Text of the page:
From the earliest reports of tuberous breast deformity correction, and prevailing today, the most common position for placement of an implant has been in the subglandular space. Subglandular placement enables the prosthesis to shape and expand the breast without being restricted by the pectoralis major muscle. Unfortunately, the negative sequelae of subglandular implant placement, including increased contracture rates, visible implant margins and rippling, late malposition, and unnatural breast appearance can ensue, and may be even more prevalent after tuberous breast correction as a result of the necessary scoring and thinning of the parenchyma. This is why dual plane augmentation is our preferred approach.
In consideration of the relationship of the pectoralis muscle to the gland and the implant during subpectoral breast augmentation, it is clear that to varying degrees all submuscular breast augmentations are dual plane by definition, with the implant in the breast lower pole effectively subglandular, and in the upper pole submuscular. In tuberous deformity correction in particular, the lower pole is the region of the breast that requires the most “expansion” and implant-related shape definition, with little need for more aggressive fill and expansion of the upper pole, hence dual plane submuscular augmentation is ideal. Dual plane maneuvers also result in the craniad shift of the inferior incised margin of the muscle, away from the region of the released pre-existing IMF. The result is an uninhibited fill of the lower pole, while promoting the many advantages of submuscular augmentation including softer, more natural contour of the upper pole, increased soft tissue coverage, more durable breast position, and decreased capsular contracture rates. Additionally, with our technique of preserving the inferomedial origins of the pectoralis major muscle, muscle coverage of the implant along the décolletage maintains a natural appearance.
For one-stage tuberous breast correction, there are only subtle differences in the use of silicone gel implants vs saline implants, or round cohesive gel implants compared with anatomic form-stable highly cohesive gel implants; we feel the implant choice may be the least consequential of all of the steps of the multifaceted process. Nevertheless, we currently favor highly cohesive gel form-stable implants for use in most one-stage tuberous breast corrections. These firmer anatomic implants, with increased silicone crosslinking and greater cohesivity, may confer an advantage of exerting more direct force on the breast base and lower pole, thus maximizing the stretch of the released tissues. These implants also appear to be associated with a low incidence of rippling and capsular contracture. It should be noted that our previously reported experience using smooth round cohesive gel implants exclusively yielded acceptable and consistent aesthetic results, high degrees of patient satisfaction, and modest complications, and these implants remain a viable option for correction. When two-stage correction is undertaken, the final implant selection at the second stage exchange procedure is even less critical as the expansile “work” has already been achieved by the tissue expander.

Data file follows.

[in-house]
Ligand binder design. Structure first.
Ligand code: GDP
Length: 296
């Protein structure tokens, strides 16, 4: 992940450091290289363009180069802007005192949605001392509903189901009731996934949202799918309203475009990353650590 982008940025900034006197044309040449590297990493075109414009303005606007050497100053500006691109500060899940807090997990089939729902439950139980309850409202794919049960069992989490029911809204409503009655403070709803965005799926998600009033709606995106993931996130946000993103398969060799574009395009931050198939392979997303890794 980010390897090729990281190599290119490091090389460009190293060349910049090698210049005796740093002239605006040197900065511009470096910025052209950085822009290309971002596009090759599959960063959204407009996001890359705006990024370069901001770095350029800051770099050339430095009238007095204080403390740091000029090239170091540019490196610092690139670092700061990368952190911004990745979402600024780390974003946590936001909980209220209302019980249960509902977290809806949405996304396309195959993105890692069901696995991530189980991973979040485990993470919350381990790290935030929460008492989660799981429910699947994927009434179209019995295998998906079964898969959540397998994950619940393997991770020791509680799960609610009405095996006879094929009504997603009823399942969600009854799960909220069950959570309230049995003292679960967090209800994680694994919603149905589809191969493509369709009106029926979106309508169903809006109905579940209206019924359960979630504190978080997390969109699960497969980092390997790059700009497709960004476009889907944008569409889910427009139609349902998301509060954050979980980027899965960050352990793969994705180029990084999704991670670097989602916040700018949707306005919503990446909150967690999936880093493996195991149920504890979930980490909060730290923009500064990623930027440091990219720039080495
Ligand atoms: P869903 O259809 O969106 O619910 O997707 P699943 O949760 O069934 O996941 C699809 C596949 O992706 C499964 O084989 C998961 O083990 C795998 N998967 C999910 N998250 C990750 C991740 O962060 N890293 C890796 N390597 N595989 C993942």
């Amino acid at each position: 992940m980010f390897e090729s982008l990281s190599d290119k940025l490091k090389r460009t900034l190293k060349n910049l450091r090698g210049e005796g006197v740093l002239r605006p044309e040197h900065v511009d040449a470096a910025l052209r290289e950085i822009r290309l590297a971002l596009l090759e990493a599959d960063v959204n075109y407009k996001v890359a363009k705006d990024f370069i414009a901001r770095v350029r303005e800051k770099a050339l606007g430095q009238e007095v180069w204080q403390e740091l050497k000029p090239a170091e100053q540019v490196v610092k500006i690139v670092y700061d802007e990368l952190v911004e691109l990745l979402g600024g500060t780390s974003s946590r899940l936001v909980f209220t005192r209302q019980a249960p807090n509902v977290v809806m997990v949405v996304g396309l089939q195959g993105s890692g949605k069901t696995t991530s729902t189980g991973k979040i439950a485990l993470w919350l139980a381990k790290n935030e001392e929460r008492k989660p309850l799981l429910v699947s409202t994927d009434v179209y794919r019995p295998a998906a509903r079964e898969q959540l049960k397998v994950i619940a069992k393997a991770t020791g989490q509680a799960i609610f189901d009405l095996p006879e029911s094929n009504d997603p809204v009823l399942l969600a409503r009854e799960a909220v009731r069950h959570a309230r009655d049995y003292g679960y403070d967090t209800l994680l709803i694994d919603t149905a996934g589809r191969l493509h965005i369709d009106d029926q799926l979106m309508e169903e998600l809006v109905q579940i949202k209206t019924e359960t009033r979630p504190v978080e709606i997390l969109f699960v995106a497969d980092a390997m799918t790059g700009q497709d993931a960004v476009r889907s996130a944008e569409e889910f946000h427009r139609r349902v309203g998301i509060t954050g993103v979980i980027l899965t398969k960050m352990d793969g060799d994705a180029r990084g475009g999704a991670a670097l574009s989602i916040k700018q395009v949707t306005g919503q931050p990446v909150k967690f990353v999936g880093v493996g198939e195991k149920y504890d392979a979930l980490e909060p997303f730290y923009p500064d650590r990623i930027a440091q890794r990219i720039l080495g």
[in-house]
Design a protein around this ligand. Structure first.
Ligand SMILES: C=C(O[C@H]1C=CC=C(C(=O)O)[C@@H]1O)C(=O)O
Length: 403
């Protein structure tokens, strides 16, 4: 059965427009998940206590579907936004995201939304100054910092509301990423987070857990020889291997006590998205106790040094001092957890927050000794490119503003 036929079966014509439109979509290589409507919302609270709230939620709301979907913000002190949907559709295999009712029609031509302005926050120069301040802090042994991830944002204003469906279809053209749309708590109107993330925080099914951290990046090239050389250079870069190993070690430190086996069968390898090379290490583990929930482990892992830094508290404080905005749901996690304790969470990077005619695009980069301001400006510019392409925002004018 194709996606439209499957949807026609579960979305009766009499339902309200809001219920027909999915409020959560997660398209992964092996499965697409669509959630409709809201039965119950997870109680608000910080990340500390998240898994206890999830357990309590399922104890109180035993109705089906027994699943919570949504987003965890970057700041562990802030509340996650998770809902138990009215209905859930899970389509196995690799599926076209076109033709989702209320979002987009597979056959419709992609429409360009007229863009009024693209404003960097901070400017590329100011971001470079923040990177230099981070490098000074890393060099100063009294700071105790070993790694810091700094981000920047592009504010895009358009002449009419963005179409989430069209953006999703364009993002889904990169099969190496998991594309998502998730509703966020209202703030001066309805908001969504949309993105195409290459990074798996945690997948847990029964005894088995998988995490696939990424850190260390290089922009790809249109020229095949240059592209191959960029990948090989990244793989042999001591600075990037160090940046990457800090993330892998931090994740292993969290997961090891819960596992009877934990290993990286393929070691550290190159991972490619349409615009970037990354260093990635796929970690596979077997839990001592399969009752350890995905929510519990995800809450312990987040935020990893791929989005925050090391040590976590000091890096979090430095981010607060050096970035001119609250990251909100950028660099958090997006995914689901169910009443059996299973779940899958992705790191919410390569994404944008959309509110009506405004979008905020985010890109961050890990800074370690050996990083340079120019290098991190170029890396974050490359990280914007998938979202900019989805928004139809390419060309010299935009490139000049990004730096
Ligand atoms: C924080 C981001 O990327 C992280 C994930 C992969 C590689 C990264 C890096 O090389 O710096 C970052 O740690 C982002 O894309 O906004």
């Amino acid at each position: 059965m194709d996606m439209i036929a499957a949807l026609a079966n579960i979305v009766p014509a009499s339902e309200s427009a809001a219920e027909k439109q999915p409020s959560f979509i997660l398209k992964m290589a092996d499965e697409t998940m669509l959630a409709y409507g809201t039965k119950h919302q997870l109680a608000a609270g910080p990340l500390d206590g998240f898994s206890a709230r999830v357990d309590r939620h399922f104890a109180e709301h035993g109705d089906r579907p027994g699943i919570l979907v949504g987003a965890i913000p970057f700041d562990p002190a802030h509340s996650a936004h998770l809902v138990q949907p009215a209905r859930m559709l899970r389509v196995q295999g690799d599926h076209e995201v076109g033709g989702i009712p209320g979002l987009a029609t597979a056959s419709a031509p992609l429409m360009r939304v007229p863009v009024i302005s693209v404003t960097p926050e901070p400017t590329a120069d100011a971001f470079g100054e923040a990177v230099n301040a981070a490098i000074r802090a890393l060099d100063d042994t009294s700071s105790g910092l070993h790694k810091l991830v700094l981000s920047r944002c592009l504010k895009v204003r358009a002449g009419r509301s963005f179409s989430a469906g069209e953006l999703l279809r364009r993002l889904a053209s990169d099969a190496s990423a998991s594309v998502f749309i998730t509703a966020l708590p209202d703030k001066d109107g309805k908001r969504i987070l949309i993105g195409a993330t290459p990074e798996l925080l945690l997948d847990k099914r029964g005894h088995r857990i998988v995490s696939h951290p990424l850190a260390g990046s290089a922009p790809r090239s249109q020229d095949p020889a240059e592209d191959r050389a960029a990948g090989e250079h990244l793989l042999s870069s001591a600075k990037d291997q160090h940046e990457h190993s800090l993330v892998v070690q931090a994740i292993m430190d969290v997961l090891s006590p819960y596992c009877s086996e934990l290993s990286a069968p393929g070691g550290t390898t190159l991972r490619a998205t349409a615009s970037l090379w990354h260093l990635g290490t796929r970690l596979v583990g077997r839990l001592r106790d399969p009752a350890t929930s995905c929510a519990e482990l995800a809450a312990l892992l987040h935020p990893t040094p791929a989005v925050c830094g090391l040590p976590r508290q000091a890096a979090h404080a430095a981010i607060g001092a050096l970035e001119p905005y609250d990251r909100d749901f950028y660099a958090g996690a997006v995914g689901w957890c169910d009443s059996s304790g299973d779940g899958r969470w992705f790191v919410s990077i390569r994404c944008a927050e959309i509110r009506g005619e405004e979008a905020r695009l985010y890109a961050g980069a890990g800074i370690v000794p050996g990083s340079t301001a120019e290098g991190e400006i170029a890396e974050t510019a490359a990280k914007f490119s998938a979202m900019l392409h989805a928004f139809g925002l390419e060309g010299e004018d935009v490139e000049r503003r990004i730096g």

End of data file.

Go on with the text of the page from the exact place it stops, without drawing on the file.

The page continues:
One versus Two Stage
Correction in one stage is achieved in the majority of cases. When deficient lower pole skin and soft tissue is distensible, and particularly when size goals are conservative, single stage correction is most often attainable. In cases of moderate and severe breast hypoplasia (types II and III) where there is severe constriction of the skin envelope and a tight, recalcitrant IMF, or if the patient desires a fuller result than the deficient lower pole skin and soft tissue will allow in one stage, two-stage correction with tissue expander placement is advisable. In instances where it becomes clear intraoperatively, despite all radial scoring maneuvers, that the pre-existing IMF memory cannot be overcome sufficiently during the first stage, tissue expander insertion is recommended. Additionally, two-stage correction can provide for a planned return for a “second look,” enabling adjustments in areolar position and shape, and fine-tuning of breast symmetry.